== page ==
(1) A trader must ensure that a written term of a consumer contract, or a consumer notice in writing, is transparent.
    (2) A consumer notice is transparent for the purposes of subsection (1) if it is expressed in plain and intelligible language and it is legible.

    The Beavis case signs not being similar to the signs in this appeal at all, I submit that the persuasive case law is in fact 'Vine v London Borough of Waltham Forest [2000] EWCA Civ 106' about a driver not seeing the terms and consequently, she was NOT deemed bound by them.

    This judgement is binding case law from the Court of Appeal and supports my argument, not the operator's case:

    This was a victory for the motorist and found that, where terms on a sign are not seen and the area is not clearly marked/signed with prominent terms, the driver has not consented to - and cannot have 'breached' - an unknown contract because there is no contract capable of being established. The driver in that case (who had not seen any signs/lines) had NOT entered into a contract. The recorder made a clear finding of fact that the plaintiff, Miss Vine, did not see a sign because the area was not clearly marked as 'private land' and the signs were obscured/not adjacent to the car and could not have been seen and read from a driver's seat before parking.

    Equally, I require this operator to show how the entrance signs appear from a driver's seat, not stock examples of 'the sign' in isolation/close-up. I submit that full terms simply cannot be read from a car before parking and mere 'stock examples' of close-ups of the (alleged) signage terms will not be sufficient to disprove this.
    • digga
    • By digga 15th Apr 19, 12:32 PM
    • 9 Posts
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    digga
    • #3
    • 15th Apr 19, 12:32 PM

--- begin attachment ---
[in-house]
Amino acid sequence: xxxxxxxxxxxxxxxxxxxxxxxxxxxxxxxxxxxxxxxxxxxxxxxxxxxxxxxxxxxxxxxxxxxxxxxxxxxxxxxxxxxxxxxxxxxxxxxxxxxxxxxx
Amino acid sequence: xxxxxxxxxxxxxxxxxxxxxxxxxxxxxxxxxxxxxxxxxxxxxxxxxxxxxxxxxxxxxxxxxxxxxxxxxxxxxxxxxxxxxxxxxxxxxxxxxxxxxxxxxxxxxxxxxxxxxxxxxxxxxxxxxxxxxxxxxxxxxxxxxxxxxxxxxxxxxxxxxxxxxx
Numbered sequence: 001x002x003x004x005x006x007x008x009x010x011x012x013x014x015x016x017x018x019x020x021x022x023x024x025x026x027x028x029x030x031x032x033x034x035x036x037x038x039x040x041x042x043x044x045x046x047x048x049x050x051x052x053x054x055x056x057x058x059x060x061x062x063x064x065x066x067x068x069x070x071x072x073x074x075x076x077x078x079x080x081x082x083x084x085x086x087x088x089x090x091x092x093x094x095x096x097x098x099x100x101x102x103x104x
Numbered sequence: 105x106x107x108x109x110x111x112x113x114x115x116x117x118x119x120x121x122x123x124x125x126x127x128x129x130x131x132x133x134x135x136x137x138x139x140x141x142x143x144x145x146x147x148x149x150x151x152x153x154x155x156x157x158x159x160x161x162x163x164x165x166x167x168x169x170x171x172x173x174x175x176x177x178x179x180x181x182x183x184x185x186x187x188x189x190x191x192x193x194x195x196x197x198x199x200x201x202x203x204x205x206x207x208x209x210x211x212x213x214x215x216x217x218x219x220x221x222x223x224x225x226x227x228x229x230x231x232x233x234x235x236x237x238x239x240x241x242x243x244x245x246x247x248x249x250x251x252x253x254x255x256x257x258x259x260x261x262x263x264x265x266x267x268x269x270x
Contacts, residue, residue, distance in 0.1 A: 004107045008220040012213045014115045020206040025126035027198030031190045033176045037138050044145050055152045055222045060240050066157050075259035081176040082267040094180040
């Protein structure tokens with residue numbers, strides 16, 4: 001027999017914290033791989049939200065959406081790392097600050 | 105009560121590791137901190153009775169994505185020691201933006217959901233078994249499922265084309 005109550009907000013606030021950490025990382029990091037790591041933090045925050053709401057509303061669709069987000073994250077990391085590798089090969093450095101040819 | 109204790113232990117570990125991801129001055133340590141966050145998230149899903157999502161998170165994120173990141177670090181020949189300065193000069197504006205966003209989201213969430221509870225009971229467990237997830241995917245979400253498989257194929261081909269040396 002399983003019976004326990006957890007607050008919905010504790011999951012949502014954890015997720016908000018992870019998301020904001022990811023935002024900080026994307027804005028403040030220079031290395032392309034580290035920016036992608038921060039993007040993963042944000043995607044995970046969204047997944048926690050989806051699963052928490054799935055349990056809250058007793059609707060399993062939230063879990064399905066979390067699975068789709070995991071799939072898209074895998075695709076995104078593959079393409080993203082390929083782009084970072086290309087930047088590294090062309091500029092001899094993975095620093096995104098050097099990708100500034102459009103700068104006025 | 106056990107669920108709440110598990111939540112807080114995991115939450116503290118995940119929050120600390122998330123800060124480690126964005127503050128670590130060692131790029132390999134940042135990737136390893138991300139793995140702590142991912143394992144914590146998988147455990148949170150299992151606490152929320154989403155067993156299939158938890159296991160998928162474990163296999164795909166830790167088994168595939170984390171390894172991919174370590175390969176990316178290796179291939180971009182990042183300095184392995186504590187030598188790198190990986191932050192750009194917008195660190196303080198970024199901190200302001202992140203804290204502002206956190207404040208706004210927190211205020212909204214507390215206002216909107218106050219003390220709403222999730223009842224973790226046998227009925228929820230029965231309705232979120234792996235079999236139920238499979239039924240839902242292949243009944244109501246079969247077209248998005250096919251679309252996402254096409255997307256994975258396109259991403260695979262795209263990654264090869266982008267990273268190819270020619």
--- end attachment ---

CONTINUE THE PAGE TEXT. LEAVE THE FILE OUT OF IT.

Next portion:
• #3
    • 15th Apr 19, 12:32 PM
    And the rest: - Is all this data really necessary, or can I just cut it down and argue solely on point 1?





    8. Beavis V ParkingEye not relevant in this case

    The letter received from Debt Recovery Plus Ltd on behalf of their Client, Britannia Parking, refers to a landmark court decision made on 4th November 2015 “in favour of a parking operator who took a motorist to court for non payment of a parking charge”. They provide a link of where more information can be found. The case referred to is that of Beavis v ParkingEye.

    However, there are sufficient differences between this incident and the case referred to above and so that case cannot be taken as a precedent.

    In Beavis v ParkingEye the car park was a free car park with a limited time and ParkingEye were paying the landowner for the use of the site. In this case the time is not limited and paid for and as far as I know, the operator does not pay the landowner.

    In the Beavis v ParkingEye case it was the charge as displayed on the signs in that car park that convinced the Supreme Court Judges that a contract was formed to pay £85. For example:

    Lord Neuberger: "The charge is prominently displayed in large letters at the entrance to the car park and at frequent intervals within it.’’ "the terms, like all standard contracts, were presented to motorists on a take it or leave it basis ....."